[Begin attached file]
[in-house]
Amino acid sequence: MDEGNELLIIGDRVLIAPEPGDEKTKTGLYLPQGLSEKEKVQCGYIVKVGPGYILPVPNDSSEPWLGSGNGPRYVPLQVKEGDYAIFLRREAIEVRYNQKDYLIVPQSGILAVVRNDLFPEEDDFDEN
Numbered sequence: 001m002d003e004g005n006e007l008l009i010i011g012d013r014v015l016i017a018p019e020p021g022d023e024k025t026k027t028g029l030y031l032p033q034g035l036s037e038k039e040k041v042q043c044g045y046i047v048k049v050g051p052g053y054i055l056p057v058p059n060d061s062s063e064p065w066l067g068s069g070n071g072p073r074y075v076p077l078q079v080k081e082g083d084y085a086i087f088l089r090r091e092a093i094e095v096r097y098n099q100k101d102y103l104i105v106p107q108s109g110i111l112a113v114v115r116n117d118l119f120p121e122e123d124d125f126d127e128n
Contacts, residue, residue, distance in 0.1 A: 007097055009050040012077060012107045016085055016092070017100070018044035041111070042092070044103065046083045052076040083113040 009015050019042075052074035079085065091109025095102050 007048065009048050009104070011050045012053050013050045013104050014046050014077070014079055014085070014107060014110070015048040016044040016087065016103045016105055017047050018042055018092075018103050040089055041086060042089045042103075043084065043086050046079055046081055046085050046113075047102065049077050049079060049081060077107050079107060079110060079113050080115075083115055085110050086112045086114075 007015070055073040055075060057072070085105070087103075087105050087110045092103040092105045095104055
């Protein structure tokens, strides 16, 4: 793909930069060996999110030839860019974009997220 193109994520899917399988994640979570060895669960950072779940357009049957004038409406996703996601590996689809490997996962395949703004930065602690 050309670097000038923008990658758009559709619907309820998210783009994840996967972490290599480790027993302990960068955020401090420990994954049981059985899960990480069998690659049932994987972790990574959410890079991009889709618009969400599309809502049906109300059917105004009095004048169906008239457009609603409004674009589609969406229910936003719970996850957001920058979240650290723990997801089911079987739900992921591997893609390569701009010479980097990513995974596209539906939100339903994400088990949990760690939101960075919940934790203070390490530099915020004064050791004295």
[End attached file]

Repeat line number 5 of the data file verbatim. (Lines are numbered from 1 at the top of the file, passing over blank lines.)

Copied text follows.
């Protein structure tokens, strides 16, 4: 793909930069060996999110030839860019974009997220 193109994520899917399988994640979570060895669960950072779940357009049957004038409406996703996601590996689809490997996962395949703004930065602690 050309670097000038923008990658758009559709619907309820998210783009994840996967972490290599480790027993302990960068955020401090420990994954049981059985899960990480069998690659049932994987972790990574959410890079991009889709618009969400599309809502049906109300059917105004009095004048169906008239457009609603409004674009589609969406229910936003719970996850957001920058979240650290723990997801089911079987739900992921591997893609390569701009010479980097990513995974596209539906939100339903994400088990949990760690939101960075919940934790203070390490530099915020004064050791004295």